• ROWING: : U.S. rower Christine Collins, a four-time world champion, took her first shot at an Olympic medal. She wanted gold. She settled for bronze Sunday (Saturday night EDT).

    Collins and partner Sarah Garner took an early lead in the lightweight double sculls, but dropped to third midway through the race and never recovered.

    "We pushed out in front and just tried to hold on," Collins said. "We just didn't have the same kick at the end as they did. We kind of knew through the week that it would be tough."

    Collins patted her partner's back after the finish, then shared hugs and handshakes with the champion Romanians and runner-up Germans on the medals stand.

    The United States, the only team to qualify in all 14 rowing events, won just two bronze and a silver for its worst effort since 1972.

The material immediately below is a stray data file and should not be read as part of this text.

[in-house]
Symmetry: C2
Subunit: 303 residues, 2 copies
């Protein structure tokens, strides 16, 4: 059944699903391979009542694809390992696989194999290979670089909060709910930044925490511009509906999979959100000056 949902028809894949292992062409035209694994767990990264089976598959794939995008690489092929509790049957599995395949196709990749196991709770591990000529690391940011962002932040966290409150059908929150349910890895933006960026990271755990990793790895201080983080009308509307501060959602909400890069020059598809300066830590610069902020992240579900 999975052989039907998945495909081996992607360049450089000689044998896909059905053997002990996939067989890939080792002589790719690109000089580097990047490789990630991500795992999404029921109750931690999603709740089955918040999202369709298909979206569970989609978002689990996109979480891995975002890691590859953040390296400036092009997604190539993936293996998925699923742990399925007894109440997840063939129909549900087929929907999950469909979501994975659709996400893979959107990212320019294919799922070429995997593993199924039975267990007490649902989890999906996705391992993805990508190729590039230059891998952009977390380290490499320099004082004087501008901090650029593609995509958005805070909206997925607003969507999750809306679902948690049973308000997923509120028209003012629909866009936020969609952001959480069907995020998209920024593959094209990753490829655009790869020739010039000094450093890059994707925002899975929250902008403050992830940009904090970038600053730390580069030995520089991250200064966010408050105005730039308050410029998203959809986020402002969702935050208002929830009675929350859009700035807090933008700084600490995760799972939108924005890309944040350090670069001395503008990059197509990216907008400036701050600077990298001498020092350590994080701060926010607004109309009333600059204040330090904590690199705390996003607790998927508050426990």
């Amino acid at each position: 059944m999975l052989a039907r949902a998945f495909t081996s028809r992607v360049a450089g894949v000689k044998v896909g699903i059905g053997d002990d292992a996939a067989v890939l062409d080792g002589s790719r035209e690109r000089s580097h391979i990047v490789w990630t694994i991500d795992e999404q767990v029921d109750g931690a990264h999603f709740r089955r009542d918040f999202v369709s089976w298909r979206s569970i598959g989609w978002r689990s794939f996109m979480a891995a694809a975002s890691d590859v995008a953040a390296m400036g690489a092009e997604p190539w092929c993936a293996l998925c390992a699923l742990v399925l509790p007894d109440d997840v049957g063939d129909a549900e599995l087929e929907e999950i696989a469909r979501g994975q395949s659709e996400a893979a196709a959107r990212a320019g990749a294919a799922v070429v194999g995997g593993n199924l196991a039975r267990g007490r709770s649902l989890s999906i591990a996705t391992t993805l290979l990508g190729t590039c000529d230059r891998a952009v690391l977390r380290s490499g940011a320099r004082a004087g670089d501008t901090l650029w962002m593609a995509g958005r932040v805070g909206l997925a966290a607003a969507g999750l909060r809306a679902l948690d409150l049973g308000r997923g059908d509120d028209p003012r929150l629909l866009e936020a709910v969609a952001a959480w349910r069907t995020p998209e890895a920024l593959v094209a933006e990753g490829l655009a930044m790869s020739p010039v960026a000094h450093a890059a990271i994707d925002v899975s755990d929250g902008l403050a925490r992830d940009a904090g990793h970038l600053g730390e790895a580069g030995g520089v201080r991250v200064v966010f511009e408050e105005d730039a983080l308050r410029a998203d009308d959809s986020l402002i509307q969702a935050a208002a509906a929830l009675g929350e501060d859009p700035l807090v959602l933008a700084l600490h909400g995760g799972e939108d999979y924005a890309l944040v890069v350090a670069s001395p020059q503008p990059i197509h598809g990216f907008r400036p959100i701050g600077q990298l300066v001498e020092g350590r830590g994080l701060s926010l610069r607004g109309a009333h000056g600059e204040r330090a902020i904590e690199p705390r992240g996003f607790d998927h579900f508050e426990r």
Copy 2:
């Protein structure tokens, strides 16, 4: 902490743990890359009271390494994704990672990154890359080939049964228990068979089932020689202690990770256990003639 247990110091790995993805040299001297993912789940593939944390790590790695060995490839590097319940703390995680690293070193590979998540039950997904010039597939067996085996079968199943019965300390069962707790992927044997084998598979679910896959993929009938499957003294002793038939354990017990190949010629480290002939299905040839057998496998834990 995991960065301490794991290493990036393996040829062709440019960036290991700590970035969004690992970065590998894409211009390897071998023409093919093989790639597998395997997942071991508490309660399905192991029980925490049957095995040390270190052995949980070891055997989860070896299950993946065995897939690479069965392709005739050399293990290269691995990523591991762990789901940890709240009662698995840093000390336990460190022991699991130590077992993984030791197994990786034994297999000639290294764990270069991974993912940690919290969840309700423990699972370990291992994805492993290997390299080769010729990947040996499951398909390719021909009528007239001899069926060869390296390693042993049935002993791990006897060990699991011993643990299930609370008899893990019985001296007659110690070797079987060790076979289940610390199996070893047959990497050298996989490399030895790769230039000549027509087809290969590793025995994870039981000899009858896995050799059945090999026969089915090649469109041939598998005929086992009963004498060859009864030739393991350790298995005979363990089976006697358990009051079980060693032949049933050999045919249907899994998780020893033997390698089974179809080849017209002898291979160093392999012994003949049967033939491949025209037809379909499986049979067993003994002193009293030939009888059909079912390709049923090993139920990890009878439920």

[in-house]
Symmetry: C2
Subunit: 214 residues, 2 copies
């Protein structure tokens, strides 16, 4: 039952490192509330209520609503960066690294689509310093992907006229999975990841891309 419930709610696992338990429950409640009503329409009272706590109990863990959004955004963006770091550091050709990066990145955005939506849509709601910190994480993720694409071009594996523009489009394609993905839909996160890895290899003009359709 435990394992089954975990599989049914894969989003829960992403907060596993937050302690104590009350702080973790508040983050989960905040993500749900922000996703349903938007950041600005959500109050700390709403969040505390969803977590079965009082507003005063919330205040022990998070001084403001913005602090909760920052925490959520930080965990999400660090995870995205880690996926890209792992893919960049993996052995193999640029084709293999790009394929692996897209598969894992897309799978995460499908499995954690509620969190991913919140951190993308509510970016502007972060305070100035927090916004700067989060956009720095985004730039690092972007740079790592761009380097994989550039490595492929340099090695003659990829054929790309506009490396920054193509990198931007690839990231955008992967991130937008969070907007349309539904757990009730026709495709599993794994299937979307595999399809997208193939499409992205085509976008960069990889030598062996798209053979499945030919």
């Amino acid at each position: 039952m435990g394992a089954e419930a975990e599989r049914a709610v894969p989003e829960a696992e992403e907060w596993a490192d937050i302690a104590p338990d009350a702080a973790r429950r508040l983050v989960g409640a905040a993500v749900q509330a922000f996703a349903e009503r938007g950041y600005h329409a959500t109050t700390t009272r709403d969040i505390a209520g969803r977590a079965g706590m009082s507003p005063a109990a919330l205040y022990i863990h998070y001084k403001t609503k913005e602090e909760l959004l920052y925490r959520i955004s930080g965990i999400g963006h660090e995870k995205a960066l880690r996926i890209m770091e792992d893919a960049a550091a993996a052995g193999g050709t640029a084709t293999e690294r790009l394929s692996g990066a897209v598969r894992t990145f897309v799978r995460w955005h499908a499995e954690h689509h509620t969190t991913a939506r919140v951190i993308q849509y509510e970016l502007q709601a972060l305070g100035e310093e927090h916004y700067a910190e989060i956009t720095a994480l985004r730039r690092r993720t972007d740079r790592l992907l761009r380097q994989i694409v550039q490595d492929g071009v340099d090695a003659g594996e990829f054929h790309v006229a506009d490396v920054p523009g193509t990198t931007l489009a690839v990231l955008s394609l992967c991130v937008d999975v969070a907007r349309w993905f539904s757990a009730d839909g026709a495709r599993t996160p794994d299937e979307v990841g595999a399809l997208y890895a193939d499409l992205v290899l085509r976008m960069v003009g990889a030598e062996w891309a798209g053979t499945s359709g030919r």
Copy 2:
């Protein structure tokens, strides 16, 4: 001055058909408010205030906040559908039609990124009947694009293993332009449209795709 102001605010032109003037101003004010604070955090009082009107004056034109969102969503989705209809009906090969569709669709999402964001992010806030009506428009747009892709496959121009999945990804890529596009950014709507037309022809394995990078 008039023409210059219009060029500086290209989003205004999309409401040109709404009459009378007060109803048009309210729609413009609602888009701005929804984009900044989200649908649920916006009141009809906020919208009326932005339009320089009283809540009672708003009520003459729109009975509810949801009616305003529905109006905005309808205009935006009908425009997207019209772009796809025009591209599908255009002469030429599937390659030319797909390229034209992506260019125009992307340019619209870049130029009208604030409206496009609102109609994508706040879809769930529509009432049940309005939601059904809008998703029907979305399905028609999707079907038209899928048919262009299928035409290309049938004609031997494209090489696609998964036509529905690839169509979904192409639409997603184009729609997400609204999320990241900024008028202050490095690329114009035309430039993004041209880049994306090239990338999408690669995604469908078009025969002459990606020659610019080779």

• BOXING: With his father watching, U.S. 112-pounder Jose Navarro punched his way into the Olympic quarterfinals with a 12-9 decision over Hicham Mesbahi of Morocco. Mesbahi, upset with the decision, pounded the canvas when it was announced.

    Navarro's father, Carlos, had missed his son's first fight after missing a plane in Los Angeles. Navarro became the sixth U.S. boxer to advance to the quarterfinals.

  • BEACH VOLLEYBALL: In a match where an American team had to lose, the U.S. team of Dain Blanton and Eric Fonoimoana whipped the U.S. team of Rob Heidger and Kevin Wong 15-3. The victory advances the winners to the semifinals and a possible medal.
  • ANOTER DRUG POSITIVE: Latvian rower Andris Reinholds was kicked out of the Olympics after testing positive for the steroid nandrolone. Reinholds, who finished ninth in the men's single sculls, tested positive during a random test during competition last week.

    Previously, three Bulgarian weightlifters and a Belarussian hammer thrower were expelled for positive tests. At least 20 other athletes were caught in pre-games testing by their sports federations, national Olympic committees or the new World Anti-Doping Agency.